The region hasn’t had any measurable rain for over two years, and that people survive in these climates in remarkable to me. I’ll include some pictures of the Himba people, who I’ve referred to in the past (please excuse the partial nudity). They are desert nomads and quite a proud, decorated people. The women wear extensive, heavy jewelry. Water doesn’t touch their bodies and they daily paint themselves with a red dye, mixed with goat butter. Their skin is beautiful and moist, even while living in such a harsh, dry, desert climate. Their hair is braided and then covered with an oily, buttery paste to allow it to grow long without breaking.
I met the pastor of the region, a remarkably tough, yet gentle man, who was easy to converse with and had an obvious concern for the people. He moved to this region twenty years ago specifically to introduce these rural peoples to the Kingdom of God. He said his work has been slow and he’s had few passionate followers. I don’t know how he is introducing the kingdom but, as he shared about his work, it seemed that he is much more of a preacher than a lover of men. I’ve written much on this and so won’t elaborate here, other than to say that this approach is typical 21st century evangelical christianity, and is not the approach of the One they claim to follow. We are called to be lovers of men firstly, and in that context share about the One we love and His perspective, from His word and from our interaction with Him. Jesus-lovers will, however, always be in the minority and it is not my intention to be critical of a man who has given his life to live in very harsh conditions for the purpose of sharing Truth (a person) with these rural people. He is a flawed, broken, rescued vessel on a journey with His Shepherd, as am I. I was drawn to him and loved our brief time together over a couple meals.
One baby, in particular, made the trip obviously worthwhile. The 5 month old baby had diarrhea, vomiting and fever for four days before I saw her and she was severely dehydrated, with a temperature approaching 104F. Her skin had lost its elasticity. She likely had either meningitis or malaria and, in the absence of laboratory diagnosis, we treated both aggressively, along with aggressive hydration. After 24 hours, there was no improvement, but after 48 hr, she was like new, with no fever, normal vital signs, and a smile or two. She likely wouldn’t have survived another day, maybe two. There is no logical reason for a doctor being there on this day with all of his equipment and meds. I’d love to follow her life… The Wind… We do our humble work and scatter seeds of His love and care. All of the results and fruit of our labor are His.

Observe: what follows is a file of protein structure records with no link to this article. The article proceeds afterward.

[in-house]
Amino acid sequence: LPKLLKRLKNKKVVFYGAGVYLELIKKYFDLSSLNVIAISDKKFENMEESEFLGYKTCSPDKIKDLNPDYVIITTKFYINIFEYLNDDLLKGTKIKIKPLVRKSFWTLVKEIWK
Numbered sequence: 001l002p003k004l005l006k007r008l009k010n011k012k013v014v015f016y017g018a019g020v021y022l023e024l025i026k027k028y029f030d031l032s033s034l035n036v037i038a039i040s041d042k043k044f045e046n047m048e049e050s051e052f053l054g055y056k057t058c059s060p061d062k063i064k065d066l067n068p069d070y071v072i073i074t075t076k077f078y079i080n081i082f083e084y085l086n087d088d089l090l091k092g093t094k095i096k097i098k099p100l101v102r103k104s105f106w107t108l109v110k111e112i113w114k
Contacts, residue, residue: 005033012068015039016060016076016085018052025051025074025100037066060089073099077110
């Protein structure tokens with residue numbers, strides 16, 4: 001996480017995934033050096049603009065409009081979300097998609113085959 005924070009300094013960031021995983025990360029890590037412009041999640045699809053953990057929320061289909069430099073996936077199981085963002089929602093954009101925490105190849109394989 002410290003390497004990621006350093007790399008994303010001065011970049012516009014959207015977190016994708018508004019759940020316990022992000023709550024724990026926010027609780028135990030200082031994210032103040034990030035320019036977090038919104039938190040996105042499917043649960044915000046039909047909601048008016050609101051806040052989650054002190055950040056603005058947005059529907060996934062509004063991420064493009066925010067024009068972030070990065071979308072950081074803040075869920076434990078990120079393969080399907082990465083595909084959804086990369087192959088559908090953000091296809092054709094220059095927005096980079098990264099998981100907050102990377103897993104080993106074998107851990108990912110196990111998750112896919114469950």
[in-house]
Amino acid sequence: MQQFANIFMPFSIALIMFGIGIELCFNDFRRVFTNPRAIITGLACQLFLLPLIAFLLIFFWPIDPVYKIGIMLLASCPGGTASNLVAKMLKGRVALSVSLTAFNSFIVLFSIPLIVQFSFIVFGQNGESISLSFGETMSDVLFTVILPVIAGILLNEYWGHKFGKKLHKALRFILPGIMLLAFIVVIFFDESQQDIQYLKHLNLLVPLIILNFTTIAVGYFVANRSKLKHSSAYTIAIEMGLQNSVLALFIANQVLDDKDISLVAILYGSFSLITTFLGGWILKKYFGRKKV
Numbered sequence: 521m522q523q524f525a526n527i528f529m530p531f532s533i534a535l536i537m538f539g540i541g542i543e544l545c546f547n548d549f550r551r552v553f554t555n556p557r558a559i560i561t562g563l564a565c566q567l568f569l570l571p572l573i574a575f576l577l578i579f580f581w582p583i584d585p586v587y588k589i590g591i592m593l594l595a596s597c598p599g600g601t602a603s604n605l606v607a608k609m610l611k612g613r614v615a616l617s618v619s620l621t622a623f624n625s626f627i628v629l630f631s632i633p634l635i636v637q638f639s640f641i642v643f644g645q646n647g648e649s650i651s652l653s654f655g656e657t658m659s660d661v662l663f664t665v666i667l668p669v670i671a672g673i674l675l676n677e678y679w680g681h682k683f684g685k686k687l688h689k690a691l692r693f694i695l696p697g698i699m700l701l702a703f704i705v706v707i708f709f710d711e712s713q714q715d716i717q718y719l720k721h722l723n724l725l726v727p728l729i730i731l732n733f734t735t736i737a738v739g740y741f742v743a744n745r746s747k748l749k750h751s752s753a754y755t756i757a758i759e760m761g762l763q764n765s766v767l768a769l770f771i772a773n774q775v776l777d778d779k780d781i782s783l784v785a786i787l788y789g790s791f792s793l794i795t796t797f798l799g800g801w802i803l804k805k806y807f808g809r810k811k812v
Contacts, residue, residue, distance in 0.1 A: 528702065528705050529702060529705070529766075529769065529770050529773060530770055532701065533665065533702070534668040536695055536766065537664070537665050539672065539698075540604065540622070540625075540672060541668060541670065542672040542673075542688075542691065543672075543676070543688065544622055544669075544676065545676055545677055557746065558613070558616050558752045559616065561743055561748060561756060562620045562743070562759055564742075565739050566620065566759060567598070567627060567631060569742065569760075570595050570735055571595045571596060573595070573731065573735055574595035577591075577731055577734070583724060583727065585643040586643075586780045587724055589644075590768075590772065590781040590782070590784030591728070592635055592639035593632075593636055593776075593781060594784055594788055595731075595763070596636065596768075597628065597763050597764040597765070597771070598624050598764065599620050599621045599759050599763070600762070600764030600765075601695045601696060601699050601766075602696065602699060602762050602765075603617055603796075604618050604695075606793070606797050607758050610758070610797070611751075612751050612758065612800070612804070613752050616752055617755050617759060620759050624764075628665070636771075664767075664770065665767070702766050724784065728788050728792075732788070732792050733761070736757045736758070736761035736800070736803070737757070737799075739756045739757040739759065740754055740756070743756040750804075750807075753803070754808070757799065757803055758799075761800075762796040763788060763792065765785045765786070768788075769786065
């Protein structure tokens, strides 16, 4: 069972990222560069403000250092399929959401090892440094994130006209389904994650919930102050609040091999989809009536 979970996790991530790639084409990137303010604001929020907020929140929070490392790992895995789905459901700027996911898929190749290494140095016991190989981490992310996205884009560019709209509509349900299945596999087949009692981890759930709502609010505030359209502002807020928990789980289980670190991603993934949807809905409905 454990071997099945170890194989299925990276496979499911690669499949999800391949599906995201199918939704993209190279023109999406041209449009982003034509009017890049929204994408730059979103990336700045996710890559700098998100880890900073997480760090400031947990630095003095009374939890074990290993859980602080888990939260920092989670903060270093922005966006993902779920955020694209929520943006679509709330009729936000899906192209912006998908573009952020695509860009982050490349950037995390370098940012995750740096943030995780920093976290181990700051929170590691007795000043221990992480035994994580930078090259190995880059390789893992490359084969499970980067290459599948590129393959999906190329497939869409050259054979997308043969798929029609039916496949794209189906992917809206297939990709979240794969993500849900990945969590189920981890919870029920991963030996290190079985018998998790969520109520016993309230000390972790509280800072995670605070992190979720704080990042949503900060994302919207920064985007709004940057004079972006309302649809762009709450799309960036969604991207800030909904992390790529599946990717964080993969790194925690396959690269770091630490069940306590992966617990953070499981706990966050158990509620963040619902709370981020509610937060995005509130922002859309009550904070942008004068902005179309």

We saw many other cases of malaria, along with chronic conditions that warranted questions to a doctor. We did not see any cases of cholera, though we were told that the region is still full of many cases, and many deaths. With the continued drought conditions, this epidemic will likely only worsen. I cannot describe the difficulty these folks face in accessing just a conversation with a doctor. If they would travel several days to a city (walking and hitching rides in the back of trucks), they enter an assembly line where they exchange but a few lines with the doc, he writes a prescription, and they are gone. If they travel to Namibia, Angolans (even these cashless rural people) might be charged up to 10x that of the local Namibians. It is nice to enter conversation with them and ask them what further questions or concerns they might have (they always have one more question).
Every person of the Himba tribe that we treated, who characteristically reject the gospel message, gladly bowed reverently and received prayer for their condition. I asked our Father to resolve their condition, and also to encourage each, to touch each, and to pursue each with His love and grace, and to convince them of His presence and that He is real. I asked Him also to communicate with each the purpose for which He made them. Praying for them is the most significant part of my interaction with them, especially with these rural people, as we know that our Father is faithful to pursue each and to hear our every request on their behalf.
I’d love to be able to watch how He carries out His love and how He communicates His truth with each in the days that follow. He is faithful. Let’s find out about the bumps and challenges of another’s journey today, and pray with them and for them. He asks us to pray… often… always… to Him… with thanksgiving… trusting Him…
It’s all His work, His responsibility, His burden, His love, His talent, His tools, His pleasure…
What a joy that we all can participate a little. How does He want to use you in the people He is bringing into your life today?
Wow, the story of the 5 month old baby holds a special place in my heart today. Faith is almost five months and the thought of almost losing her like that, with no reason to is beyond heartbreaking. Praise God you were there! Every story is another reason why we can’t wait to get to Angola ourselves.